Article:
General Public, Elastica, Phunk Junkeez Rock BFD2

ATN San Francisco correspondent Frank Morales filed these notes on

BFD2, the all-day rock festival presented by San Francisco "modern

rock" station Live 105 on Friday, June 9 at the Shoreline Amphitheater

in Mountain View, just south of San Francisco: General Public sounded

ten times better than anyone else on the bill at BFD2. Actually, by

the time they were about to take the stage, after watching bands for

like five hours, I'd forgotten who was going to go on next. After

seeing a number of not so good performances, I was teasing my friends

that another arty Brit band was going to go on and wimp out. Instead,

General Public took the stage. Tune after tune was excellent. Totally

great ska stuff. These guys used to be the English Beat, and they've

got lots of cool material to draw on. I liked the old tunes, I liked

the new tunes. I was with five other people, and all of us thought

General Public ruled. They had the entire crowd on it's feet and

dancing the whole time. They teased the audience a lot, announcing:

"This will be our last song." Then they'd play something great like

"Mirror in the Bathroom." Then they'd announce another "last song." If

you're into gear (I am) Dave Wakeling, one of the lead singers, was

playing a Vox teardrop guitar; Ranking Roger had on a white suit with

strings hanging off the back. "Rainy Days" off the new album was

excellent, "Sooner or Later" sound good after all these years, and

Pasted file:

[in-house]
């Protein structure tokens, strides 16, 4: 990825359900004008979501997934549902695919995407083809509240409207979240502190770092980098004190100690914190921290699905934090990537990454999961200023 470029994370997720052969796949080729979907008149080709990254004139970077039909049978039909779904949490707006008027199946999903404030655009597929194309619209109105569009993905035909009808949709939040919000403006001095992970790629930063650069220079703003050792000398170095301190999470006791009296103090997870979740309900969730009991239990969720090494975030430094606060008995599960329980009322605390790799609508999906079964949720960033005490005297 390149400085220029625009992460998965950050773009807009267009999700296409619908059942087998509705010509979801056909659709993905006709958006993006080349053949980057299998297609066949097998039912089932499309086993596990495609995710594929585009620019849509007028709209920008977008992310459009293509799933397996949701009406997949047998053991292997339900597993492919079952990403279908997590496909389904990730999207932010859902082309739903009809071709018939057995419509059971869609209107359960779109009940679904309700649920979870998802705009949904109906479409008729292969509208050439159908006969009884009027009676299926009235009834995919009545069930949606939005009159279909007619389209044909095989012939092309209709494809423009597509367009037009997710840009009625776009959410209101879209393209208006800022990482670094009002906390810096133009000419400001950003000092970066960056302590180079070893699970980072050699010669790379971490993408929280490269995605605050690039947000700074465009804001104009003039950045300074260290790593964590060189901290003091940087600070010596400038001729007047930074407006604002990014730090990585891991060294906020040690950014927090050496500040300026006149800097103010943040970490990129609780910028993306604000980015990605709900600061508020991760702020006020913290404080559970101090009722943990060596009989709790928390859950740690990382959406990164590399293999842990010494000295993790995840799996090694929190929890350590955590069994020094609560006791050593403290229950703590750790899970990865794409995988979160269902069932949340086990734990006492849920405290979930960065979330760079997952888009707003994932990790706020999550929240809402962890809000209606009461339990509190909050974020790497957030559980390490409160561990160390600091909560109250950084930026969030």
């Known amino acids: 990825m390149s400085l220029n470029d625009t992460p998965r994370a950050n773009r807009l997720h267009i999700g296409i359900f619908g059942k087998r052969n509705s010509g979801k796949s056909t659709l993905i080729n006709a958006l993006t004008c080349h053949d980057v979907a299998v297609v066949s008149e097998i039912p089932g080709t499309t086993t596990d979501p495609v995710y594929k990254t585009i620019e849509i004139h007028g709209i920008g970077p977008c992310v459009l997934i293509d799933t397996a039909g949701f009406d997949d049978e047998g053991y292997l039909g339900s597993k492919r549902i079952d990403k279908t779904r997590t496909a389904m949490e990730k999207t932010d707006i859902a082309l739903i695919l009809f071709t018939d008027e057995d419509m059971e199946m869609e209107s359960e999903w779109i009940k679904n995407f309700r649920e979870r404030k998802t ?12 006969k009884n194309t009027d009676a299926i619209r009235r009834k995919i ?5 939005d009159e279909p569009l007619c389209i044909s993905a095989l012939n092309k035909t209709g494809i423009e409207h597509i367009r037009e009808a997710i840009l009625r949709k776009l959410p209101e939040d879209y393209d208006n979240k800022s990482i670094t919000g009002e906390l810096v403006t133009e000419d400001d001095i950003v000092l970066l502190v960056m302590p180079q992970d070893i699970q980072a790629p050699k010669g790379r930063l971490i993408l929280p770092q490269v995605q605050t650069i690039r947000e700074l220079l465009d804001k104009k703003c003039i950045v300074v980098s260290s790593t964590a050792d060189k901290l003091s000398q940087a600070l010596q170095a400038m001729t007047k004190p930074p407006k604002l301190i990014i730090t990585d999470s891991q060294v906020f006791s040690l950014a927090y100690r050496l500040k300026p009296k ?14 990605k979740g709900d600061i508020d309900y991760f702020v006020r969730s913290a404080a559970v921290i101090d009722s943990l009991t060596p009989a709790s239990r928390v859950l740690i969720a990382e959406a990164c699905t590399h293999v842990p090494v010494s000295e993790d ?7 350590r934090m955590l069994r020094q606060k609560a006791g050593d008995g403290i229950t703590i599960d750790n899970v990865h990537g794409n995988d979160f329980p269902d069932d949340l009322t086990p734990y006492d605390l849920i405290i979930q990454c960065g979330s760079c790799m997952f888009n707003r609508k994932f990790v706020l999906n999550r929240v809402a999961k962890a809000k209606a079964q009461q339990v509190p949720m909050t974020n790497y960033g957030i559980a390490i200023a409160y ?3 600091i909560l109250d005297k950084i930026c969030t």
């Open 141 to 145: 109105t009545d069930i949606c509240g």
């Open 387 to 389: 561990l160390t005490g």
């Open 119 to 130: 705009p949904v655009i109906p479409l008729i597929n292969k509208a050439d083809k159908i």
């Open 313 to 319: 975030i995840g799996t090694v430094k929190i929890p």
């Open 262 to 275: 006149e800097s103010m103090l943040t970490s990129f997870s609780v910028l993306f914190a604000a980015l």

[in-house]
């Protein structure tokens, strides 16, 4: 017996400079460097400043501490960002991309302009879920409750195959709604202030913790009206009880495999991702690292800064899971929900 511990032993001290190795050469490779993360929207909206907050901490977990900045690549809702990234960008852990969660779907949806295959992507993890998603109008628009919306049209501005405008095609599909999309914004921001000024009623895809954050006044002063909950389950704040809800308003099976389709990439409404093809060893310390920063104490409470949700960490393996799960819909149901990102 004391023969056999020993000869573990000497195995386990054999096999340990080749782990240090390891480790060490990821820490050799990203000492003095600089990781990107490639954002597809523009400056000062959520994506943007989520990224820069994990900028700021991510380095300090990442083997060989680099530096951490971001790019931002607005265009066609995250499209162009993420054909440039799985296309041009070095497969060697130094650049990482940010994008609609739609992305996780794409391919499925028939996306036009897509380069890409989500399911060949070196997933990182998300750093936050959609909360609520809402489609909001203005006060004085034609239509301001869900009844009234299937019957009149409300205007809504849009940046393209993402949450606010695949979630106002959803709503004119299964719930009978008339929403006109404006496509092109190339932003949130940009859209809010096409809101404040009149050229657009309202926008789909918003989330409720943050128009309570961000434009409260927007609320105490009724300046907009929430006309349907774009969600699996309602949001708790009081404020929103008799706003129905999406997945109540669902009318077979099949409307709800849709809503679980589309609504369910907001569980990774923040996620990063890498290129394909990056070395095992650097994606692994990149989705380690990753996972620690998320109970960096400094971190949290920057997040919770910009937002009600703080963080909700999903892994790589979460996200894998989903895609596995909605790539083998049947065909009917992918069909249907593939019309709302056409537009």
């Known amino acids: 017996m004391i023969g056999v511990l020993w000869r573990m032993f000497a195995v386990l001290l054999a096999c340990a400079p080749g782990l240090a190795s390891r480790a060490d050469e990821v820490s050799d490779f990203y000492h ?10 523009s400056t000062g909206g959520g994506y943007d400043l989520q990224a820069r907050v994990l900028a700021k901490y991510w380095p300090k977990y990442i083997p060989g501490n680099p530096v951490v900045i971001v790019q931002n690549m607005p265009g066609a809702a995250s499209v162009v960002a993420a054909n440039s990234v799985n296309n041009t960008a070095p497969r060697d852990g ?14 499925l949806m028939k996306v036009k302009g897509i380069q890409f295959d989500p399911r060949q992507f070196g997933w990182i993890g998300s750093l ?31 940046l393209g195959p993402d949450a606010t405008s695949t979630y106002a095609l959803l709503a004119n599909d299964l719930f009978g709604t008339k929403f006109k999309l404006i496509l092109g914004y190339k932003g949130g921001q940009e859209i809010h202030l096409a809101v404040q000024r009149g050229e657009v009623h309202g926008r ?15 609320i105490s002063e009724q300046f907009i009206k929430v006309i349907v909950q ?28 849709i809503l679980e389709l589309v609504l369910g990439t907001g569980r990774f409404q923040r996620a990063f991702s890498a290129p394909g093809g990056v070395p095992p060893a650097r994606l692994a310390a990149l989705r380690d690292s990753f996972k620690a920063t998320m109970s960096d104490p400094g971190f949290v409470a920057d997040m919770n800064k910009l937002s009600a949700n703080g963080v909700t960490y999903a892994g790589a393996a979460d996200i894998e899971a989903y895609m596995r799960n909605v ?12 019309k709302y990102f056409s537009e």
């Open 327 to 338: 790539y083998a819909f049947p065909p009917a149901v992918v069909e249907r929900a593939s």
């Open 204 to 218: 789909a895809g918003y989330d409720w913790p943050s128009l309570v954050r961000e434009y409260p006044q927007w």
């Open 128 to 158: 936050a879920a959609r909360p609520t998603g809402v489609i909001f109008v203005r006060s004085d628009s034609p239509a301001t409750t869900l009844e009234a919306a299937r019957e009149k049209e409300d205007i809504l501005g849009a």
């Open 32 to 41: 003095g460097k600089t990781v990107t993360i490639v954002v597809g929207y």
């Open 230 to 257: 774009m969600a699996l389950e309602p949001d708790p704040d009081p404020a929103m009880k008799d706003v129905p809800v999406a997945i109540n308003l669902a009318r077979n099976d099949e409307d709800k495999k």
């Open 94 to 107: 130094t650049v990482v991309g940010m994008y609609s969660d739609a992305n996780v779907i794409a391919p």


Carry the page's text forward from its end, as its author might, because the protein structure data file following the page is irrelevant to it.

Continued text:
they did a soulful cover of "I'll Take You There." The set really

rocked.

This year, who ever put together BFD2 had a good idea. They had two

stages. The main stage, and a punk stage. That way, bands could play

longer sets, and you almost always had two choices.

I missed the opening act, Matthew Sweet. As I arrived, Better Than

Ezra was on. Was it my imagination or do they sound like Live? Lot of

emoting vocals a la Live or Eddie Vedder. Melodramatic crescendo rock.

The next to last song they did was their hit, "Good," which was

very good. They did a medley in the middle of "Good" that consisted of

two Prince tunes-- "I Will Cry For You" and "When Doves Cry" --and an

old Frampton Comes Alive tune. Kind of cool to see someone

throw Prince and Frampton into the middle of their own tune.

It was a nice day, warm and sunny but with a cool breeze. The punk

stage was a whole lot cooler than the main. Because of the energy.

Lots of people crammed in, lots of crowd surfin'. Not a violent pit but

a mellow pit. Women were crowd surfing too. The show started at 2 PM

and went until about 11. I left at 8:30 PM, missing Chris Isaak and

Bush and Duran Duran. Excuse me, Duran Duran? I'm not fucking

interested.

Belly came on after Better Than Ezra. Hard-edged power pop sound.

Workman-like set with the exception of "Super Connected," which